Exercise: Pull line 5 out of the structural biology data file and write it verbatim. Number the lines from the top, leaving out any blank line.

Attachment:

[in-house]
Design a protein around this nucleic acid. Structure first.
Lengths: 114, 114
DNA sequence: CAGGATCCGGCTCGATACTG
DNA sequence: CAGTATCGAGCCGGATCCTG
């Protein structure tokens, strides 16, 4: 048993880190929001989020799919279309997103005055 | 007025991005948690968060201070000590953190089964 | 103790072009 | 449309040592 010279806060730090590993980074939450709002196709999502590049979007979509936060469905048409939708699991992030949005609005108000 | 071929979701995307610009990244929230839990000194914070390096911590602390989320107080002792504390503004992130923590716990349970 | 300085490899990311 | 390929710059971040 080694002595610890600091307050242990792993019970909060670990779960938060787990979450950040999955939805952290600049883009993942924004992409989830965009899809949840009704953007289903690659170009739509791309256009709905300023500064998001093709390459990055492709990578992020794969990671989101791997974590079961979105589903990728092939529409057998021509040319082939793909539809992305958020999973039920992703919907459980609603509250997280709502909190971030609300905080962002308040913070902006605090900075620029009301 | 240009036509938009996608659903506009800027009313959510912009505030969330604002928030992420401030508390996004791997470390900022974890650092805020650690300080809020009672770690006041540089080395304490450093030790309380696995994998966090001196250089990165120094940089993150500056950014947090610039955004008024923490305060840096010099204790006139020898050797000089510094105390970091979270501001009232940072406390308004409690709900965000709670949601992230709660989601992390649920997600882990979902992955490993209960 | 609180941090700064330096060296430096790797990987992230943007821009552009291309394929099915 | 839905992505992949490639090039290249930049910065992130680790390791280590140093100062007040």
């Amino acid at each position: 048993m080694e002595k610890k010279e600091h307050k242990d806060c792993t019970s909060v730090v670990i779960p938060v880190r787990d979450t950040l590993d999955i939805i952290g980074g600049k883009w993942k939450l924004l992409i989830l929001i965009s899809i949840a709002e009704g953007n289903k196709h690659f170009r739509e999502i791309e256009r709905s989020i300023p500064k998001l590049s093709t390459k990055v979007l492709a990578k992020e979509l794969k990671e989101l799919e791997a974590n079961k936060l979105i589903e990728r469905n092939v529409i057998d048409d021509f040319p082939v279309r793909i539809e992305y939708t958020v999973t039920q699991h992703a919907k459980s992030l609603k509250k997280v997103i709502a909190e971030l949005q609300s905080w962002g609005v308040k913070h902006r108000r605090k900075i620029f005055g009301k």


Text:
DNA sequence: CAGTATCGAGCCGGATCCTG